If this is your first time dipping into the Animorphs Re-Read, I strongly suggest you head back to the beginning and start there unless you’re already familiar with the books. Alternatively, check out the Animorphs Re-Read tag page for a list of every post in the series.
Our regularly scheduled programming has been interrupted by THE TV SERIES POST, also known as ‘That thing I’ve been threatening to do since I started this feature’. See, the Animorphs TV show has something of a reputation among fans of the books. It’s not that it’s unrelentingly terrible, and there were certainly other shows around at the time that managed to acquire a cult following despite their questionable (at best) quality. The problem is that the books are so much better, and a lot of people feel that the show was either superfluous or a disappointment given what might have been.
My own introduction to the TV series was a bit complicated. I was living in Ireland by the time I read the books, and we didn’t yet have access to the cheese delivery system known as Nickelodeon. Or maybe we did, but you needed satellite or whatever to watch it. I can’t remember. Anyway, I found out about the show somehow, and immediately decided that I had to have it. It was like that time I discovered there are a few unpublished Calvin & Hobbes strips available online; suddenly my knowledge of this thing I loved was incomplete. A few months later, my dad sent over some tapes of the first few episodes of the show from America. Happy days!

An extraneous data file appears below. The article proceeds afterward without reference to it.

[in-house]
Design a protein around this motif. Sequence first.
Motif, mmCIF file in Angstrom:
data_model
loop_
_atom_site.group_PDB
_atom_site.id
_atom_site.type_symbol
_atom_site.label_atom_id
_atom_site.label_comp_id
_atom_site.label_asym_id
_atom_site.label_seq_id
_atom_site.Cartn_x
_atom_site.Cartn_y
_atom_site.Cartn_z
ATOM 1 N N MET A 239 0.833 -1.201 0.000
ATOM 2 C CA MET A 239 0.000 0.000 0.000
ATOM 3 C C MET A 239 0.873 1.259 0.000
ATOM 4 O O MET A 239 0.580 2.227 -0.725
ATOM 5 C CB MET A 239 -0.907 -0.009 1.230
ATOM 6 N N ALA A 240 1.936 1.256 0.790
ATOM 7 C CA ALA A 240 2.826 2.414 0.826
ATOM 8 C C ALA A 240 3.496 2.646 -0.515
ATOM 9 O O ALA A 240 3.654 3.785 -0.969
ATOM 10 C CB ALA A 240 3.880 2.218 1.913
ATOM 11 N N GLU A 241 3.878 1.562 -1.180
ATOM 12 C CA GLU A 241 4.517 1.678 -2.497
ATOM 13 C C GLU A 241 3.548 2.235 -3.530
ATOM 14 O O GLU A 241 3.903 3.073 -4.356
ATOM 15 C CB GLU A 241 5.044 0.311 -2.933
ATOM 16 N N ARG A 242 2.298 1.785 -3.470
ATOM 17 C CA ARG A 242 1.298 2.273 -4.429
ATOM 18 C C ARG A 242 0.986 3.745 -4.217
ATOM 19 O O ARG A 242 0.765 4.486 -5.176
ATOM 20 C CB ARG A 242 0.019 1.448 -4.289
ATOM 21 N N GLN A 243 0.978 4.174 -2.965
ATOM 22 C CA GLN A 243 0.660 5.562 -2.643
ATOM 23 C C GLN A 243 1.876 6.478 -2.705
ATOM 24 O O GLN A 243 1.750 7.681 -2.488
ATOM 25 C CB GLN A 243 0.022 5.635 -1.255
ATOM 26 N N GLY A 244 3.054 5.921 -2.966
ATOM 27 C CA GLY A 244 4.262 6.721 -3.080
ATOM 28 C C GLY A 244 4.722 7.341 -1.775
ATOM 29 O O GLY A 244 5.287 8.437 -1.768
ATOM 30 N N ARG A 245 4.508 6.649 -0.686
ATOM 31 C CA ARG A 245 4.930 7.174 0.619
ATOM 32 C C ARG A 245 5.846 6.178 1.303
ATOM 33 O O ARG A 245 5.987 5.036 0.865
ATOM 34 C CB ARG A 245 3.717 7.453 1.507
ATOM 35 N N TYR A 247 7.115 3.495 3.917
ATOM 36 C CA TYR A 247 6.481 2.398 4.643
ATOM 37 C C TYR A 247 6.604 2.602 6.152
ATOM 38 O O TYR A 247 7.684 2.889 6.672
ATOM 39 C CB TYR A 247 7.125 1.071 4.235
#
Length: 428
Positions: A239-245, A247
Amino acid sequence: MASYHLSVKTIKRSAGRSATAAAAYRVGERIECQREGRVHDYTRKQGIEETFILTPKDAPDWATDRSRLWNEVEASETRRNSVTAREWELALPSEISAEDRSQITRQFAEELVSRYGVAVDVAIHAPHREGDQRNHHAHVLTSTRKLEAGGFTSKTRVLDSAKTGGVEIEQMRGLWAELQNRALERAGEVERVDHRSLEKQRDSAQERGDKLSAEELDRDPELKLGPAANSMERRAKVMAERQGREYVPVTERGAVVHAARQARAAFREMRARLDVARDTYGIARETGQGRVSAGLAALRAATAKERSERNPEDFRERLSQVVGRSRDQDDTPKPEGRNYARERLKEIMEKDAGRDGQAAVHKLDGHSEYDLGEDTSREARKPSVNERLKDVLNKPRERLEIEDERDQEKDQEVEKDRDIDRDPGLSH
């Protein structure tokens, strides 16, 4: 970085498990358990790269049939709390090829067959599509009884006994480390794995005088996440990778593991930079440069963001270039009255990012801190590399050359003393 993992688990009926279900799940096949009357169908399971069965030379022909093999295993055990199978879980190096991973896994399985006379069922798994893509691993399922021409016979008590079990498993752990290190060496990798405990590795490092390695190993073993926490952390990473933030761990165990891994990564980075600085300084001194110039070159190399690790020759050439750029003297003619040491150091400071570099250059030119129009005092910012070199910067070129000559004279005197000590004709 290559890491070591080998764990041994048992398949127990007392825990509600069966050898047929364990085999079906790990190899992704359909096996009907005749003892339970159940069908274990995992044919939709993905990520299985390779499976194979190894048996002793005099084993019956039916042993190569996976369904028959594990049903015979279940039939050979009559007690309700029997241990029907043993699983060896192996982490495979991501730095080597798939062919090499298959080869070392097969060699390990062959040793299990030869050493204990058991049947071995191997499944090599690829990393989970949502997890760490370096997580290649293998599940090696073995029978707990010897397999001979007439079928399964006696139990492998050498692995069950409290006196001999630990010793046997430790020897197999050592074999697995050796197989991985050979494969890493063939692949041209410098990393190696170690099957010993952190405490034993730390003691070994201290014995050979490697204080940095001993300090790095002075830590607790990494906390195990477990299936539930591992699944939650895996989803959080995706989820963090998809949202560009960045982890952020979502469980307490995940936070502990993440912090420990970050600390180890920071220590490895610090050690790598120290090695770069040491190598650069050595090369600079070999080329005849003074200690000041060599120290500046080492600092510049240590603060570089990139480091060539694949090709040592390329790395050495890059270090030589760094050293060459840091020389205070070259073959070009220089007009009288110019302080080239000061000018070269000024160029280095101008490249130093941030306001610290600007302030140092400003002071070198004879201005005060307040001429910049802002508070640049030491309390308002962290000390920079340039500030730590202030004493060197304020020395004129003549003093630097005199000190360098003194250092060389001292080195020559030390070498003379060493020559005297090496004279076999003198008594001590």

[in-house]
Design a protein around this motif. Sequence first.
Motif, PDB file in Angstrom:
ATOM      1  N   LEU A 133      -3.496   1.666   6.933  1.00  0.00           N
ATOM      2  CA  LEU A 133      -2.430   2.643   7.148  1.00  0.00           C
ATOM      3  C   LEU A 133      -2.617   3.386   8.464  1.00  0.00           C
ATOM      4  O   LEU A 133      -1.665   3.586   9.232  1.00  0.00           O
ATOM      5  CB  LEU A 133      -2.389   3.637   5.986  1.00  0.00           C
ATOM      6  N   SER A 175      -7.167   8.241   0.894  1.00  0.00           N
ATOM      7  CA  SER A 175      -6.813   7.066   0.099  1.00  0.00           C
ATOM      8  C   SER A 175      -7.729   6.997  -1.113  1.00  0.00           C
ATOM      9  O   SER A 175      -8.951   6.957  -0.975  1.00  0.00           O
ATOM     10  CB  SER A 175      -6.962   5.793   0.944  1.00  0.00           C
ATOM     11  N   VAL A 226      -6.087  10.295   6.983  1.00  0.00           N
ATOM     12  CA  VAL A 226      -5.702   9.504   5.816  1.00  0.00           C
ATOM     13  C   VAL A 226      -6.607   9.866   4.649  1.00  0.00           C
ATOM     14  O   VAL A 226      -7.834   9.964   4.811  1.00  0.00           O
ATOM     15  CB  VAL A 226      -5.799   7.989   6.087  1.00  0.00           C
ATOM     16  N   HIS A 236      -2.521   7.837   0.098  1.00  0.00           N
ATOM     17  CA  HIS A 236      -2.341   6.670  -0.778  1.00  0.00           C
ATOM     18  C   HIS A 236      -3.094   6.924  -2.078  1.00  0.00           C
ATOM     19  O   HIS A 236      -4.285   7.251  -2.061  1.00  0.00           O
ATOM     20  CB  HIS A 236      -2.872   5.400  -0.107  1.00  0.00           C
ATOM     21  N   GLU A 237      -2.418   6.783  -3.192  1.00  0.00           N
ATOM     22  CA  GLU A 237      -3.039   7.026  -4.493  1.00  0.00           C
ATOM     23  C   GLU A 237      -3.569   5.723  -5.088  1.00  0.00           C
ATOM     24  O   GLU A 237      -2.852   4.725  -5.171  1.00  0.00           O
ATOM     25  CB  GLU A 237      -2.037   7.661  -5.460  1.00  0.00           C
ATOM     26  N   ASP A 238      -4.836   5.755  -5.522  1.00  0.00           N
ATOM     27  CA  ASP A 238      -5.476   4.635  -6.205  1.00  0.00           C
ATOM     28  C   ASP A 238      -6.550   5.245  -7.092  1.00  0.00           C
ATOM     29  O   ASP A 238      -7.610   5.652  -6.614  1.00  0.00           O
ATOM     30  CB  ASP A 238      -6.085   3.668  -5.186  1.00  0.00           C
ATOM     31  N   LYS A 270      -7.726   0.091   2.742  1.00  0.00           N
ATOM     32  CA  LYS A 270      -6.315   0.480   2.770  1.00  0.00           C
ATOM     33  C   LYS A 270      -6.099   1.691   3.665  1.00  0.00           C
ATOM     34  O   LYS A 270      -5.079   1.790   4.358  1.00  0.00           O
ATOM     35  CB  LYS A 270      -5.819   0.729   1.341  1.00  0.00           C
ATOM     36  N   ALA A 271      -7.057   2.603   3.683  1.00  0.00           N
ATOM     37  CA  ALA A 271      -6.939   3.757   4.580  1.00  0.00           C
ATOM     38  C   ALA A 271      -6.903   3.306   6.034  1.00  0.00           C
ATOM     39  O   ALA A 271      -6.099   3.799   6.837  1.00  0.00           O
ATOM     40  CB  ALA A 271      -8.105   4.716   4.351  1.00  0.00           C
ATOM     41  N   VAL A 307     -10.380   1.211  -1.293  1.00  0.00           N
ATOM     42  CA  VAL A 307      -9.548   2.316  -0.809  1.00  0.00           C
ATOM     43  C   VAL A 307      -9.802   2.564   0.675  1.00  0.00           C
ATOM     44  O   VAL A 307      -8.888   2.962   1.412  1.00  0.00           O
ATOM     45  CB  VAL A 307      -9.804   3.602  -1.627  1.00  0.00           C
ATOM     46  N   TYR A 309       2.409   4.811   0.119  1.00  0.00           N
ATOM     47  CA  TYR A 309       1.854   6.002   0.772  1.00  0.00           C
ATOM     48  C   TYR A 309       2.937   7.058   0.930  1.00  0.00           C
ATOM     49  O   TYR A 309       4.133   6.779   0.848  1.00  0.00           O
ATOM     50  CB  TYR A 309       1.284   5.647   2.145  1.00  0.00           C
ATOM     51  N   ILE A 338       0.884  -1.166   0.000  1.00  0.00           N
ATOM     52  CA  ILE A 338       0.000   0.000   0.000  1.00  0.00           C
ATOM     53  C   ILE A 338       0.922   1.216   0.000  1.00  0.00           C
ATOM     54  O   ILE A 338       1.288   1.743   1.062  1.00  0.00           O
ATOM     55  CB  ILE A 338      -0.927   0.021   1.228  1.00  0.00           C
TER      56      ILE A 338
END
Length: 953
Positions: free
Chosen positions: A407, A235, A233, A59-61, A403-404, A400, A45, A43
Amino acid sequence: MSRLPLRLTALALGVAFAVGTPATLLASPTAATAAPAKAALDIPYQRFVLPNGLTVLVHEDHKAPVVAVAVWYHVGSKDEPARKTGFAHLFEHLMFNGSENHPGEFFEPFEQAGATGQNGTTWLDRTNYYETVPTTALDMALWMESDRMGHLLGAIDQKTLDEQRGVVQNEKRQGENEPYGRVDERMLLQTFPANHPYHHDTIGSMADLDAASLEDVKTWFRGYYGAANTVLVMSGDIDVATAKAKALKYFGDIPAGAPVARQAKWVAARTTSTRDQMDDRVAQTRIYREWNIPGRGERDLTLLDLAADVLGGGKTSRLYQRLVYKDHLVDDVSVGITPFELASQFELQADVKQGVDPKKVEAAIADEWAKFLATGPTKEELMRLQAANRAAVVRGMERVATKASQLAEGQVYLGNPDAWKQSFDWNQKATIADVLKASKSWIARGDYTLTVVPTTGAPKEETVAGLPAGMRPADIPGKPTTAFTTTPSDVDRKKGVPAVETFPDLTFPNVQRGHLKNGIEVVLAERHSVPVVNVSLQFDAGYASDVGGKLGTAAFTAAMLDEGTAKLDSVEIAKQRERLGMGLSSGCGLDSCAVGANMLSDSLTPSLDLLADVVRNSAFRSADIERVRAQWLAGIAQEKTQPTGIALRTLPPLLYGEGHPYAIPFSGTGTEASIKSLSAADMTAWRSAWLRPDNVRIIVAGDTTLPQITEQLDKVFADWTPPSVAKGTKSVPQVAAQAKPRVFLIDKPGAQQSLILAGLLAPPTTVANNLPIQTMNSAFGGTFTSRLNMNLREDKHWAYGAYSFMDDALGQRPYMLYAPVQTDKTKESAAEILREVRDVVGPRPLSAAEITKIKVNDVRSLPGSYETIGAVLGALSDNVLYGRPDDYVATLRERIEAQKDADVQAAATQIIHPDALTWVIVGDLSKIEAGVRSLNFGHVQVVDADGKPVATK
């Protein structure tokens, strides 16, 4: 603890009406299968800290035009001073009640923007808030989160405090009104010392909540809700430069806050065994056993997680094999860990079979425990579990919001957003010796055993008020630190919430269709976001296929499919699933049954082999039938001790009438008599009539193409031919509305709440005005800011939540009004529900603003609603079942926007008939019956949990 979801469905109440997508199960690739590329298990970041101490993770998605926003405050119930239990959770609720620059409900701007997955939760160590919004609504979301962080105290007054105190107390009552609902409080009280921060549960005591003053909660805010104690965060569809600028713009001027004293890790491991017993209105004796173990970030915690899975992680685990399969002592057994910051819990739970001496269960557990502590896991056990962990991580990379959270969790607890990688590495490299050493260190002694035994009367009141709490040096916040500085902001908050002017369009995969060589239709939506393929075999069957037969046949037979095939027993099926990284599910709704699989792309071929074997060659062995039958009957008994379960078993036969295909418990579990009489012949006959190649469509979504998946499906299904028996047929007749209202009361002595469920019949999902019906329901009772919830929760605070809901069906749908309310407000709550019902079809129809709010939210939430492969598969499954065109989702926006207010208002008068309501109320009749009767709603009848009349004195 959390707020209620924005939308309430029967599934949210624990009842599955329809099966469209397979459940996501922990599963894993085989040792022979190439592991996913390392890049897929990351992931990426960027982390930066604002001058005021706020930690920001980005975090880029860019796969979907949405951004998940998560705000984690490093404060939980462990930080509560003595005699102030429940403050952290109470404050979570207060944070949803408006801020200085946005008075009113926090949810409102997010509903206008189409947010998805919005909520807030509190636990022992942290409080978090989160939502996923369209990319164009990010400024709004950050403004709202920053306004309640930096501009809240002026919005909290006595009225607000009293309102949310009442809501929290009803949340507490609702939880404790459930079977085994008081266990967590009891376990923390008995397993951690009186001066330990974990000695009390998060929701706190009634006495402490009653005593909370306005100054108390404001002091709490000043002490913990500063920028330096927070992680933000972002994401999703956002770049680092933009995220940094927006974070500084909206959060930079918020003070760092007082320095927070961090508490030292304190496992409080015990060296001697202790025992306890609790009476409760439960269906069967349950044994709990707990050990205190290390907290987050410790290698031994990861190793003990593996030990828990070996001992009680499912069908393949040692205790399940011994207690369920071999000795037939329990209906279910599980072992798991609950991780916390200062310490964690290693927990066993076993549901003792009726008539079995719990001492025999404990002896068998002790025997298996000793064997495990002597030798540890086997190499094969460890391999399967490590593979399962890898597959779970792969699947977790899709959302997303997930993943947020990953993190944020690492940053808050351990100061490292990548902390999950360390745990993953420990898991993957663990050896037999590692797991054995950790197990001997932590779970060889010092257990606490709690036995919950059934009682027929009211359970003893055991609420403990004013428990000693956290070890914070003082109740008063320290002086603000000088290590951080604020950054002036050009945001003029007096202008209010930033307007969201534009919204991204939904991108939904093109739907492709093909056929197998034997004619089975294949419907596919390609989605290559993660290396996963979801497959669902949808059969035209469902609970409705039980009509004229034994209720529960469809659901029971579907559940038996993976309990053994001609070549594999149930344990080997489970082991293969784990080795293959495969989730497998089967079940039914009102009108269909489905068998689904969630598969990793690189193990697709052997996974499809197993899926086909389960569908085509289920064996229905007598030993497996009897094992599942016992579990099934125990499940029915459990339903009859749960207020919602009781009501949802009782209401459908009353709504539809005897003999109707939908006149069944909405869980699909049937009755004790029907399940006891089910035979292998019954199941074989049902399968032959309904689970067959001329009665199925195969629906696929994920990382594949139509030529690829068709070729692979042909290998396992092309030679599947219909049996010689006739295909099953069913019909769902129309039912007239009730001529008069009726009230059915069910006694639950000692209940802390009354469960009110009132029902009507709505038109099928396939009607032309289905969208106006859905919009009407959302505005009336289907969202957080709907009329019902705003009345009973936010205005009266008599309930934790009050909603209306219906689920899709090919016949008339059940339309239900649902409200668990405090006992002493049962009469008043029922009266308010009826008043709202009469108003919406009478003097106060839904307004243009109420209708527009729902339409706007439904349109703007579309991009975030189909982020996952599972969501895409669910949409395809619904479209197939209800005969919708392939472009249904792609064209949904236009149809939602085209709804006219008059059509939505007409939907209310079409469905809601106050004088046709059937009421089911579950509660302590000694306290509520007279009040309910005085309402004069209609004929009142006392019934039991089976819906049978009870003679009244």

Well, not quite. If you remember VHS,
may God help you you’ll no doubt recall what a colossal pain in the ass it was to get region-locked tapes to work properly even on a player that was supposedly multi-region. My aunt owned such a device, so I went over to her place, inserted the first tape into the player, and….
Uh. I’m not sure what happened after that. I vaguely recall watching a few episodes and thinking that the special effects were really terrible, which is saying something given that this was around the time I thought that Power Rangers movie was the cinematic equivalent of the Sistine Chapel. Mostly I just remember feeling profoundly indifferent. Not even disappointed, which would have been understandable given how long I’d waited to watch the series, but genuinely indifferent. I can’t remember if I watched the second tape, but if I did, it must have left no impression on me whatsoever.